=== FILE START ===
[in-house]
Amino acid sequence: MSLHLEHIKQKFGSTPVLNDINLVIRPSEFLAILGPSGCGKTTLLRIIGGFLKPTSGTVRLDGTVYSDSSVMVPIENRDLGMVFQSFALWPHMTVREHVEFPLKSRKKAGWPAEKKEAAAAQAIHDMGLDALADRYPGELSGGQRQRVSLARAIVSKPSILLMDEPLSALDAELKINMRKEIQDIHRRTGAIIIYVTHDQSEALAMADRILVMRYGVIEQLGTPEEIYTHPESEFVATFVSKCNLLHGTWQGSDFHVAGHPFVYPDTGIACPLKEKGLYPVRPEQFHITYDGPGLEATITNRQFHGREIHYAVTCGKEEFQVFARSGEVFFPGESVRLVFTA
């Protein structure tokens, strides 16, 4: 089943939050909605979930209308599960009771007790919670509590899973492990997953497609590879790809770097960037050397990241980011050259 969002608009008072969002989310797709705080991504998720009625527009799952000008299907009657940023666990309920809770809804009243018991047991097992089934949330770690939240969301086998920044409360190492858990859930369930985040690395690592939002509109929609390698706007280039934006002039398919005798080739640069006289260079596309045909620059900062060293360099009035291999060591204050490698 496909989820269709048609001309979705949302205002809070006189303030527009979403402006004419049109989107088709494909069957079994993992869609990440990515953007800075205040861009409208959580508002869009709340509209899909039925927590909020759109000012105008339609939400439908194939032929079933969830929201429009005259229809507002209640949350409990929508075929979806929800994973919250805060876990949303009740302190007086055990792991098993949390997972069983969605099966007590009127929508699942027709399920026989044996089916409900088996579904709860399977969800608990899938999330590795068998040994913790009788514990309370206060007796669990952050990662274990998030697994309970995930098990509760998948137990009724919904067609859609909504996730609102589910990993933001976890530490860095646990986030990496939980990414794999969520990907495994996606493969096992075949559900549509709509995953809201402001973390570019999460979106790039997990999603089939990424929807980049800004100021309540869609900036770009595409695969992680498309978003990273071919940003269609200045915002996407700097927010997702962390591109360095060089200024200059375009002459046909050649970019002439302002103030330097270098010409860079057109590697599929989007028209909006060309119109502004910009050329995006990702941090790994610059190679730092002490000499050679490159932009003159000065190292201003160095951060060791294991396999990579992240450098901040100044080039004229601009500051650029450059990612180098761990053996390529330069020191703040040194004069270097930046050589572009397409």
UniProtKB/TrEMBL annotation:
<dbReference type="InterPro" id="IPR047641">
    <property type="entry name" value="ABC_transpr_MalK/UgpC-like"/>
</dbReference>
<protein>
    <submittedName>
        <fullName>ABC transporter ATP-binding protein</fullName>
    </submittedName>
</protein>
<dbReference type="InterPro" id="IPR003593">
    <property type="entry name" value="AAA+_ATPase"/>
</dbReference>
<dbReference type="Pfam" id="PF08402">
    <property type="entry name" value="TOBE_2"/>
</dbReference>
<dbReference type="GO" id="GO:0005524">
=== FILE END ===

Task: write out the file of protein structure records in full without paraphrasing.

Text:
[in-house]
Amino acid sequence: MSLHLEHIKQKFGSTPVLNDINLVIRPSEFLAILGPSGCGKTTLLRIIGGFLKPTSGTVRLDGTVYSDSSVMVPIENRDLGMVFQSFALWPHMTVREHVEFPLKSRKKAGWPAEKKEAAAAQAIHDMGLDALADRYPGELSGGQRQRVSLARAIVSKPSILLMDEPLSALDAELKINMRKEIQDIHRRTGAIIIYVTHDQSEALAMADRILVMRYGVIEQLGTPEEIYTHPESEFVATFVSKCNLLHGTWQGSDFHVAGHPFVYPDTGIACPLKEKGLYPVRPEQFHITYDGPGLEATITNRQFHGREIHYAVTCGKEEFQVFARSGEVFFPGESVRLVFTA
């Protein structure tokens, strides 16, 4: 089943939050909605979930209308599960009771007790919670509590899973492990997953497609590879790809770097960037050397990241980011050259 969002608009008072969002989310797709705080991504998720009625527009799952000008299907009657940023666990309920809770809804009243018991047991097992089934949330770690939240969301086998920044409360190492858990859930369930985040690395690592939002509109929609390698706007280039934006002039398919005798080739640069006289260079596309045909620059900062060293360099009035291999060591204050490698 496909989820269709048609001309979705949302205002809070006189303030527009979403402006004419049109989107088709494909069957079994993992869609990440990515953007800075205040861009409208959580508002869009709340509209899909039925927590909020759109000012105008339609939400439908194939032929079933969830929201429009005259229809507002209640949350409990929508075929979806929800994973919250805060876990949303009740302190007086055990792991098993949390997972069983969605099966007590009127929508699942027709399920026989044996089916409900088996579904709860399977969800608990899938999330590795068998040994913790009788514990309370206060007796669990952050990662274990998030697994309970995930098990509760998948137990009724919904067609859609909504996730609102589910990993933001976890530490860095646990986030990496939980990414794999969520990907495994996606493969096992075949559900549509709509995953809201402001973390570019999460979106790039997990999603089939990424929807980049800004100021309540869609900036770009595409695969992680498309978003990273071919940003269609200045915002996407700097927010997702962390591109360095060089200024200059375009002459046909050649970019002439302002103030330097270098010409860079057109590697599929989007028209909006060309119109502004910009050329995006990702941090790994610059190679730092002490000499050679490159932009003159000065190292201003160095951060060791294991396999990579992240450098901040100044080039004229601009500051650029450059990612180098761990053996390529330069020191703040040194004069270097930046050589572009397409």
UniProtKB/TrEMBL annotation:
<dbReference type="InterPro" id="IPR047641">
    <property type="entry name" value="ABC_transpr_MalK/UgpC-like"/>
</dbReference>
<protein>
    <submittedName>
        <fullName>ABC transporter ATP-binding protein</fullName>
    </submittedName>
</protein>
<dbReference type="InterPro" id="IPR003593">
    <property type="entry name" value="AAA+_ATPase"/>
</dbReference>
<dbReference type="Pfam" id="PF08402">
    <property type="entry name" value="TOBE_2"/>
</dbReference>
<dbReference type="GO" id="GO:0005524">